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Publication numberUS2774060 A
Publication typeGrant
Publication dateDec 11, 1956
Filing dateJun 15, 1953
Priority dateJun 15, 1953
Publication numberUS 2774060 A, US 2774060A, US-A-2774060, US2774060 A, US2774060A
InventorsThompson Thomas F
Original AssigneeDale Belford, Oliver D Olson, Richard B Thompson
Export CitationBiBTeX, EndNote, RefMan
External Links: USPTO, USPTO Assignment, Espacenet
Detecting means for stolen goods
US 2774060 A
Abstract  available in
Images(1)
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Claims  available in
Description  (OCR text may contain errors)

Dec. 11, 1956 THOMPSON 2,774,060

DETECTING MEANS FOR STOLEN GOODS Filed June 15, 195E 62 68 12 65 Q INVENTOR.

Thoma-s1? T horn son nited tates DETECTING MEANS non sToLEN Goons Application June 15, 1953, Serial No. 361,575

9 Claims. (Cl. 340-258) This invention pertains to the actuation of electric circuits, and relates particularly to a novel method and apparatus for actuating an electric circuit from a remote position.

It is a principal object of the present invention to provide a method and apparatus for actuating an electric circuit from a remote position by means completely disconnected from the circuit or apparatus.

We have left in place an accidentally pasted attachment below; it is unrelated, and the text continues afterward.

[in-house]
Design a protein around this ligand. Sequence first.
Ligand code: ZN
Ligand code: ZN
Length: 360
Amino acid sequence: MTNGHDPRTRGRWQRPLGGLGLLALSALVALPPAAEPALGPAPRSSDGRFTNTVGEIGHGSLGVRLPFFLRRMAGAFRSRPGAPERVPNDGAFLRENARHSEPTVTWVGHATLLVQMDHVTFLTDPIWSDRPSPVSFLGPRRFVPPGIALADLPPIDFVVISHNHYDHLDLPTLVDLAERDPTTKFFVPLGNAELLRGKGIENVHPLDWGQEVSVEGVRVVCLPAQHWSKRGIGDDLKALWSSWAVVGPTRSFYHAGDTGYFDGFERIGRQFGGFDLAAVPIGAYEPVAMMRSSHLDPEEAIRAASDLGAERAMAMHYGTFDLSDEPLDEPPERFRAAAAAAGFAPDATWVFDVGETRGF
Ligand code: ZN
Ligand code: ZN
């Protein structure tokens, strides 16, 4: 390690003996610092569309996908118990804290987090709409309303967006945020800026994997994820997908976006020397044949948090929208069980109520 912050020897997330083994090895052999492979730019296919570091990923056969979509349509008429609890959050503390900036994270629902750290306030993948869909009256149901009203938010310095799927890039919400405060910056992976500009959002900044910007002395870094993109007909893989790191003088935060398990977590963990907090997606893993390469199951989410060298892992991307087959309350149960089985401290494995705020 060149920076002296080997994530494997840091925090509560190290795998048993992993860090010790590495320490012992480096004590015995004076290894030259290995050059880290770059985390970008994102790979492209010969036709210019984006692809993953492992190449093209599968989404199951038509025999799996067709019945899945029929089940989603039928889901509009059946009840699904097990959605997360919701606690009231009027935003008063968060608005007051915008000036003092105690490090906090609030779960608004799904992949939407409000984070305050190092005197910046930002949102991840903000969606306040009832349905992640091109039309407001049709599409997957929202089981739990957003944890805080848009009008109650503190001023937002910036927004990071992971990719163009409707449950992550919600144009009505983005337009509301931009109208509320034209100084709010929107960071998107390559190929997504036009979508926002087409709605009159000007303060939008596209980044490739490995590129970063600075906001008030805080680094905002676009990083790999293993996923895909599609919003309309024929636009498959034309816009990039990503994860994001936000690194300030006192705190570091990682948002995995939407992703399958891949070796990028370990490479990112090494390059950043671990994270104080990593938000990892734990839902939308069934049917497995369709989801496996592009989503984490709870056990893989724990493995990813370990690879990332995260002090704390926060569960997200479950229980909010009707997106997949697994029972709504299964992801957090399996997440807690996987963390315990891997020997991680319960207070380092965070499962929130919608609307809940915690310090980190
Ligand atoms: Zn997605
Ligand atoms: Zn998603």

Another important object of this invention is the provision of a method and apparatus for actuating an electric circuit in response to the presence at a remote position of means which activate the apparatus.

A further important object of the present invention is to provide a method and apparatus for actuating an electric circuit for operating a lock, switch, and other devices by the presence at a remote position of a key which activates the apparatus.

A still further and important object of this invention is the provision of a method and apparatus for actuating an electric circuit for detecting stolen merchandise by the presence on the merchandise of means which, when placed at a remote position within the operative range of the apparatus, activates the latter to detect the theft.

Still another important object of this invention is the provision of a method and apparatus for actuating an electric circuit for detecting stolen merchandise by means attached to the merchandise in the form of a price tag or other similar conventional, and therefore inconspicuous, tag or label.

A still further object of the present invention is to provide apparatus for actuating an electric circuit from a remote position, which apparatus is of simplified construction and therefore inexpensive in cost and requires a minimum of maintenance and repair, and which is faithful in operation.

The foregoing and other objects and advantages of the present invention will appear from the following detailed description taken in connection with the accompanying drawing, in which: